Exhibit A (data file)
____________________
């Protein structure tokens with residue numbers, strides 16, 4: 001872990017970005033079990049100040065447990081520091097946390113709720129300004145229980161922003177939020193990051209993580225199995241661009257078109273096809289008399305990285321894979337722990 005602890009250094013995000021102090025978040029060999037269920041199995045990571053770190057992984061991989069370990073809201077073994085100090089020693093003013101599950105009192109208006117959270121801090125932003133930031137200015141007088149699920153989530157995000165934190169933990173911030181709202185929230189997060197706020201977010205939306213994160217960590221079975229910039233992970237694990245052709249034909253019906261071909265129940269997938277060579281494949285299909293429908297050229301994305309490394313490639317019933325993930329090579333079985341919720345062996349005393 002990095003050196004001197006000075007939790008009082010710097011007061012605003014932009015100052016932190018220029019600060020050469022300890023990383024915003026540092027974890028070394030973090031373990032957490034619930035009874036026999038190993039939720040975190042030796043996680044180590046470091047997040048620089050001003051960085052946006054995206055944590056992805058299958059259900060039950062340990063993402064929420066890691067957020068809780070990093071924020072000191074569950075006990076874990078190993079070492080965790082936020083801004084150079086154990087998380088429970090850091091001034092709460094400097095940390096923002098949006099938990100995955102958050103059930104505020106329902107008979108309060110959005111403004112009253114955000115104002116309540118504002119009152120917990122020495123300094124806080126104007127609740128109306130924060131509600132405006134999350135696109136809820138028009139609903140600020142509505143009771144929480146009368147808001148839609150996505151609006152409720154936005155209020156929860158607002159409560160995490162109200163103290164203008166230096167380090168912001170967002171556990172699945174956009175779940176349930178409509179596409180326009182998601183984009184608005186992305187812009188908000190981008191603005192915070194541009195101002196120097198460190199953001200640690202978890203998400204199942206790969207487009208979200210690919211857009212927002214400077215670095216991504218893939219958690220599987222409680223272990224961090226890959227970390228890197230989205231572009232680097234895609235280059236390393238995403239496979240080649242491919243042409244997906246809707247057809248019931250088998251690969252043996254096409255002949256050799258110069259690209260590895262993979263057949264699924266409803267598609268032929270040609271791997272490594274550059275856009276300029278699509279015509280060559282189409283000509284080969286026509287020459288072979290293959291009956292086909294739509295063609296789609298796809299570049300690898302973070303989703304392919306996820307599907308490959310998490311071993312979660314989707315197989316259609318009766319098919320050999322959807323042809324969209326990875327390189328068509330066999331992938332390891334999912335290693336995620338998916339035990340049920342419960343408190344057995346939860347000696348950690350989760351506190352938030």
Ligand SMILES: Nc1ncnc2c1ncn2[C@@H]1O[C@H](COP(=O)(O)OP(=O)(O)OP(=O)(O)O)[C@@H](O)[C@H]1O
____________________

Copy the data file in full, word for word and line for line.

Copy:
């Protein structure tokens with residue numbers, strides 16, 4: 001872990017970005033079990049100040065447990081520091097946390113709720129300004145229980161922003177939020193990051209993580225199995241661009257078109273096809289008399305990285321894979337722990 005602890009250094013995000021102090025978040029060999037269920041199995045990571053770190057992984061991989069370990073809201077073994085100090089020693093003013101599950105009192109208006117959270121801090125932003133930031137200015141007088149699920153989530157995000165934190169933990173911030181709202185929230189997060197706020201977010205939306213994160217960590221079975229910039233992970237694990245052709249034909253019906261071909265129940269997938277060579281494949285299909293429908297050229301994305309490394313490639317019933325993930329090579333079985341919720345062996349005393 002990095003050196004001197006000075007939790008009082010710097011007061012605003014932009015100052016932190018220029019600060020050469022300890023990383024915003026540092027974890028070394030973090031373990032957490034619930035009874036026999038190993039939720040975190042030796043996680044180590046470091047997040048620089050001003051960085052946006054995206055944590056992805058299958059259900060039950062340990063993402064929420066890691067957020068809780070990093071924020072000191074569950075006990076874990078190993079070492080965790082936020083801004084150079086154990087998380088429970090850091091001034092709460094400097095940390096923002098949006099938990100995955102958050103059930104505020106329902107008979108309060110959005111403004112009253114955000115104002116309540118504002119009152120917990122020495123300094124806080126104007127609740128109306130924060131509600132405006134999350135696109136809820138028009139609903140600020142509505143009771144929480146009368147808001148839609150996505151609006152409720154936005155209020156929860158607002159409560160995490162109200163103290164203008166230096167380090168912001170967002171556990172699945174956009175779940176349930178409509179596409180326009182998601183984009184608005186992305187812009188908000190981008191603005192915070194541009195101002196120097198460190199953001200640690202978890203998400204199942206790969207487009208979200210690919211857009212927002214400077215670095216991504218893939219958690220599987222409680223272990224961090226890959227970390228890197230989205231572009232680097234895609235280059236390393238995403239496979240080649242491919243042409244997906246809707247057809248019931250088998251690969252043996254096409255002949256050799258110069259690209260590895262993979263057949264699924266409803267598609268032929270040609271791997272490594274550059275856009276300029278699509279015509280060559282189409283000509284080969286026509287020459288072979290293959291009956292086909294739509295063609296789609298796809299570049300690898302973070303989703304392919306996820307599907308490959310998490311071993312979660314989707315197989316259609318009766319098919320050999322959807323042809324969209326990875327390189328068509330066999331992938332390891334999912335290693336995620338998916339035990340049920342419960343408190344057995346939860347000696348950690350989760351506190352938030």
Ligand SMILES: Nc1ncnc2c1ncn2[C@@H]1O[C@H](COP(=O)(O)OP(=O)(O)OP(=O)(O)O)[C@@H](O)[C@H]1O